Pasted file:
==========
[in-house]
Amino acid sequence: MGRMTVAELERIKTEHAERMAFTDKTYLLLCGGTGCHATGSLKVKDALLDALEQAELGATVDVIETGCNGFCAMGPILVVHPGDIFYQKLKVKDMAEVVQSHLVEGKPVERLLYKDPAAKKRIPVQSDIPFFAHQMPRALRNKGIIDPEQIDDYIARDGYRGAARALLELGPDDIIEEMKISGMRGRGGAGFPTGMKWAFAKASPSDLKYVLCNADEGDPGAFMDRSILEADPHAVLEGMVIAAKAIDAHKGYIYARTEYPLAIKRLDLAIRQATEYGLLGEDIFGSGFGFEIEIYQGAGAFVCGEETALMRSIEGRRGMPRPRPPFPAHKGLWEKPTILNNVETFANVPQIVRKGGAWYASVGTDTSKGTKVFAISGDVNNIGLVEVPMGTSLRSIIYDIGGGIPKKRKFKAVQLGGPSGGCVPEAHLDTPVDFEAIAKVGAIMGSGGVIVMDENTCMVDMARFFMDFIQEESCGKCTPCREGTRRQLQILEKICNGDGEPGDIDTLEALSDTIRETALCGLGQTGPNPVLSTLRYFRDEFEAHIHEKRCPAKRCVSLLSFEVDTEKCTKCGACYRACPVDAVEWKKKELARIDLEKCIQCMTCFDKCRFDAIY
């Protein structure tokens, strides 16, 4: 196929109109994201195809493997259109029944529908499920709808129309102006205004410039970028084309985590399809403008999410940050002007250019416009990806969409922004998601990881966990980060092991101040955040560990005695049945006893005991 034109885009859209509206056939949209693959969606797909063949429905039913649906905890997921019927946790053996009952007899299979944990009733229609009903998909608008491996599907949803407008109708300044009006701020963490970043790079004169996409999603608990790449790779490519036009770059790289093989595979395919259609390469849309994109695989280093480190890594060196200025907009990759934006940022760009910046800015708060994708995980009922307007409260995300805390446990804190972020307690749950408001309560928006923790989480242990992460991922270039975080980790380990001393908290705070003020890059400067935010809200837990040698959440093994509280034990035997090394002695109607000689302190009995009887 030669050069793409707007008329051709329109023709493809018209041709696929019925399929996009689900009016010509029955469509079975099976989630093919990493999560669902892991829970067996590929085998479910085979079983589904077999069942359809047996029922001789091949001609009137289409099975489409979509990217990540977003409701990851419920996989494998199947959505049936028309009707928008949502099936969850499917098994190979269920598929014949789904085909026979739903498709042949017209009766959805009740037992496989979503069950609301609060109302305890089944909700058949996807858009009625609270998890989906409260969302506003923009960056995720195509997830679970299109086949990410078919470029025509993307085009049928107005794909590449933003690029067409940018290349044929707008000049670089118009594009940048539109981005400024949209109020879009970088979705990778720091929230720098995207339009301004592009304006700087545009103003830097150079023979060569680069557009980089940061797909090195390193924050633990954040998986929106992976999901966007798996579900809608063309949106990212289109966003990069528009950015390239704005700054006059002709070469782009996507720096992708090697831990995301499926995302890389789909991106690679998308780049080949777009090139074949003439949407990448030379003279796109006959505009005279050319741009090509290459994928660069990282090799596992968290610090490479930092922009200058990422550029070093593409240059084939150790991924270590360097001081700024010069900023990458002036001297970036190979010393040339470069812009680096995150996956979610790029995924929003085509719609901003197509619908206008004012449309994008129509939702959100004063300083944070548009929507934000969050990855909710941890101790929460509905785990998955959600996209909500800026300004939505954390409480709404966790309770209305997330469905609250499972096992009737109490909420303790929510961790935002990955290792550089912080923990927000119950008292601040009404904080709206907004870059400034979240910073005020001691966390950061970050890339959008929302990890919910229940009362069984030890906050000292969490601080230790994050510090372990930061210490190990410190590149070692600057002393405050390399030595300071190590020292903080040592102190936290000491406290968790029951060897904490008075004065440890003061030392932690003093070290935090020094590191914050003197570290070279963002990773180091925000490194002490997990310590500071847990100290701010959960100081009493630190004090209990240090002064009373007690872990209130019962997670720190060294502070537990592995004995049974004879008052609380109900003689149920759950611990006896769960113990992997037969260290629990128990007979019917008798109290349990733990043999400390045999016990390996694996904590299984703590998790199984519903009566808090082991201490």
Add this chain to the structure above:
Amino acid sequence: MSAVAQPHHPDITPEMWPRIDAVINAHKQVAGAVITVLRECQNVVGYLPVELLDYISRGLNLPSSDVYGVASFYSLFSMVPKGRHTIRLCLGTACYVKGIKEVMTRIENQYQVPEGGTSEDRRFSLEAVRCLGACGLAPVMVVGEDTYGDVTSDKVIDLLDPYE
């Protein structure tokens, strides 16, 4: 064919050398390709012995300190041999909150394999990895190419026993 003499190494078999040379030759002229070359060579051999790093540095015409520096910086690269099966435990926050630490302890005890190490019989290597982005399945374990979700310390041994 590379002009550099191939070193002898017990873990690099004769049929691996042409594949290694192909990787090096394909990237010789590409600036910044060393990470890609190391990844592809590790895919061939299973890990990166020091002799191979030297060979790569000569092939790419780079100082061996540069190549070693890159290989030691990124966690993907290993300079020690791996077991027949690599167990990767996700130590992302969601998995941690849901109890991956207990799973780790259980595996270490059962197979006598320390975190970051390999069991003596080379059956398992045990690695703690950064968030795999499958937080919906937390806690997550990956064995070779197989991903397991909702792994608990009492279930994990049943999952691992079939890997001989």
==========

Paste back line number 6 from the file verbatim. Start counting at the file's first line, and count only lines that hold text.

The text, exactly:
């Protein structure tokens, strides 16, 4: 064919050398390709012995300190041999909150394999990895190419026993 003499190494078999040379030759002229070359060579051999790093540095015409520096910086690269099966435990926050630490302890005890190490019989290597982005399945374990979700310390041994 590379002009550099191939070193002898017990873990690099004769049929691996042409594949290694192909990787090096394909990237010789590409600036910044060393990470890609190391990844592809590790895919061939299973890990990166020091002799191979030297060979790569000569092939790419780079100082061996540069190549070693890159290989030691990124966690993907290993300079020690791996077991027949690599167990990767996700130590992302969601998995941690849901109890991956207990799973780790259980595996270490059962197979006598320390975190970051390999069991003596080379059956398992045990690695703690950064968030795999499958937080919906937390806690997550990956064995070779197989991903397991909702792994608990009492279930994990049943999952691992079939890997001989």